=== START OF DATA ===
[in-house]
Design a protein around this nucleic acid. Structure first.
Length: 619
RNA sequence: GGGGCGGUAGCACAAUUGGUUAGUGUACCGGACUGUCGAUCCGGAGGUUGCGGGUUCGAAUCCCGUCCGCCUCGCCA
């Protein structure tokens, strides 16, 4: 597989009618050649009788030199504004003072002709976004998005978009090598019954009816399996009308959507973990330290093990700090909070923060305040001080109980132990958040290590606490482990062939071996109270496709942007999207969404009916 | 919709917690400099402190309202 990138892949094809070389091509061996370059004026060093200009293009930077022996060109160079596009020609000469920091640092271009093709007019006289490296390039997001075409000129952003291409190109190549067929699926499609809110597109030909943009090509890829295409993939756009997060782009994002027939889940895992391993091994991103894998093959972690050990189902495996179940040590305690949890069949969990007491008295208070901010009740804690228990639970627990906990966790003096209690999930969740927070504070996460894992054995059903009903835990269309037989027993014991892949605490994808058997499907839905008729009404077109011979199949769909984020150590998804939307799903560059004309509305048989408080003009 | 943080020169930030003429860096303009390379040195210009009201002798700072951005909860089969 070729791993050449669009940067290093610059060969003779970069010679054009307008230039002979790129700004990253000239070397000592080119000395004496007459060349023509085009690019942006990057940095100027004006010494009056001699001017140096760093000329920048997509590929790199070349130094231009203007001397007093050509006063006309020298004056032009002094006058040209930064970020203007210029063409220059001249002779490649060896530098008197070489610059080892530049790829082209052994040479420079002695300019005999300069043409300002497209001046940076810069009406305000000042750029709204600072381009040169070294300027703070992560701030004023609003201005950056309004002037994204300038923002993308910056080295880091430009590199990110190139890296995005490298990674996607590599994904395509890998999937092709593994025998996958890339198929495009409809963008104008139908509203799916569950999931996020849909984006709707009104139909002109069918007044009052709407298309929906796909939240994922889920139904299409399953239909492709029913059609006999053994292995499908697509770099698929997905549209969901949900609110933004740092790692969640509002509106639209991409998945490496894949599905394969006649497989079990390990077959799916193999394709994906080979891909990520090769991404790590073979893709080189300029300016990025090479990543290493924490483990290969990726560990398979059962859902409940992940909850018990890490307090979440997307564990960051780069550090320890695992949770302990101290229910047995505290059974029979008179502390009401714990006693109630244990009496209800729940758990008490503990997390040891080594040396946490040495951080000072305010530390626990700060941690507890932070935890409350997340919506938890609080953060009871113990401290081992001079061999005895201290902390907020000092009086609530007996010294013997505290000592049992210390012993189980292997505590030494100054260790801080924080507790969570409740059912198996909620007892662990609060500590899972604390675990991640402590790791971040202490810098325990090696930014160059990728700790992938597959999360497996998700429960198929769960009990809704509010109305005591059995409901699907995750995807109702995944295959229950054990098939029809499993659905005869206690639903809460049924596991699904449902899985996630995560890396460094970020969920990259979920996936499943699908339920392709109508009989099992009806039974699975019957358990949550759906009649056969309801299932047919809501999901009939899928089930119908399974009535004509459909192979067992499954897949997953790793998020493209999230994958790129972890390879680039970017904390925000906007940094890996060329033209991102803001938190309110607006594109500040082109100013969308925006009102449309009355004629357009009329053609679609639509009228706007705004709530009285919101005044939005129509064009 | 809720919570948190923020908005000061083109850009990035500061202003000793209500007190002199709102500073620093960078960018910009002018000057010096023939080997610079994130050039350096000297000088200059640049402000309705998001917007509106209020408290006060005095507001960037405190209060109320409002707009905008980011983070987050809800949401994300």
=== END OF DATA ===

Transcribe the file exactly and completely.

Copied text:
[in-house]
Design a protein around this nucleic acid. Structure first.
Length: 619
RNA sequence: GGGGCGGUAGCACAAUUGGUUAGUGUACCGGACUGUCGAUCCGGAGGUUGCGGGUUCGAAUCCCGUCCGCCUCGCCA
């Protein structure tokens, strides 16, 4: 597989009618050649009788030199504004003072002709976004998005978009090598019954009816399996009308959507973990330290093990700090909070923060305040001080109980132990958040290590606490482990062939071996109270496709942007999207969404009916 | 919709917690400099402190309202 990138892949094809070389091509061996370059004026060093200009293009930077022996060109160079596009020609000469920091640092271009093709007019006289490296390039997001075409000129952003291409190109190549067929699926499609809110597109030909943009090509890829295409993939756009997060782009994002027939889940895992391993091994991103894998093959972690050990189902495996179940040590305690949890069949969990007491008295208070901010009740804690228990639970627990906990966790003096209690999930969740927070504070996460894992054995059903009903835990269309037989027993014991892949605490994808058997499907839905008729009404077109011979199949769909984020150590998804939307799903560059004309509305048989408080003009 | 943080020169930030003429860096303009390379040195210009009201002798700072951005909860089969 070729791993050449669009940067290093610059060969003779970069010679054009307008230039002979790129700004990253000239070397000592080119000395004496007459060349023509085009690019942006990057940095100027004006010494009056001699001017140096760093000329920048997509590929790199070349130094231009203007001397007093050509006063006309020298004056032009002094006058040209930064970020203007210029063409220059001249002779490649060896530098008197070489610059080892530049790829082209052994040479420079002695300019005999300069043409300002497209001046940076810069009406305000000042750029709204600072381009040169070294300027703070992560701030004023609003201005950056309004002037994204300038923002993308910056080295880091430009590199990110190139890296995005490298990674996607590599994904395509890998999937092709593994025998996958890339198929495009409809963008104008139908509203799916569950999931996020849909984006709707009104139909002109069918007044009052709407298309929906796909939240994922889920139904299409399953239909492709029913059609006999053994292995499908697509770099698929997905549209969901949900609110933004740092790692969640509002509106639209991409998945490496894949599905394969006649497989079990390990077959799916193999394709994906080979891909990520090769991404790590073979893709080189300029300016990025090479990543290493924490483990290969990726560990398979059962859902409940992940909850018990890490307090979440997307564990960051780069550090320890695992949770302990101290229910047995505290059974029979008179502390009401714990006693109630244990009496209800729940758990008490503990997390040891080594040396946490040495951080000072305010530390626990700060941690507890932070935890409350997340919506938890609080953060009871113990401290081992001079061999005895201290902390907020000092009086609530007996010294013997505290000592049992210390012993189980292997505590030494100054260790801080924080507790969570409740059912198996909620007892662990609060500590899972604390675990991640402590790791971040202490810098325990090696930014160059990728700790992938597959999360497996998700429960198929769960009990809704509010109305005591059995409901699907995750995807109702995944295959229950054990098939029809499993659905005869206690639903809460049924596991699904449902899985996630995560890396460094970020969920990259979920996936499943699908339920392709109508009989099992009806039974699975019957358990949550759906009649056969309801299932047919809501999901009939899928089930119908399974009535004509459909192979067992499954897949997953790793998020493209999230994958790129972890390879680039970017904390925000906007940094890996060329033209991102803001938190309110607006594109500040082109100013969308925006009102449309009355004629357009009329053609679609639509009228706007705004709530009285919101005044939005129509064009 | 809720919570948190923020908005000061083109850009990035500061202003000793209500007190002199709102500073620093960078960018910009002018000057010096023939080997610079994130050039350096000297000088200059640049402000309705998001917007509106209020408290006060005095507001960037405190209060109320409002707009905008980011983070987050809800949401994300």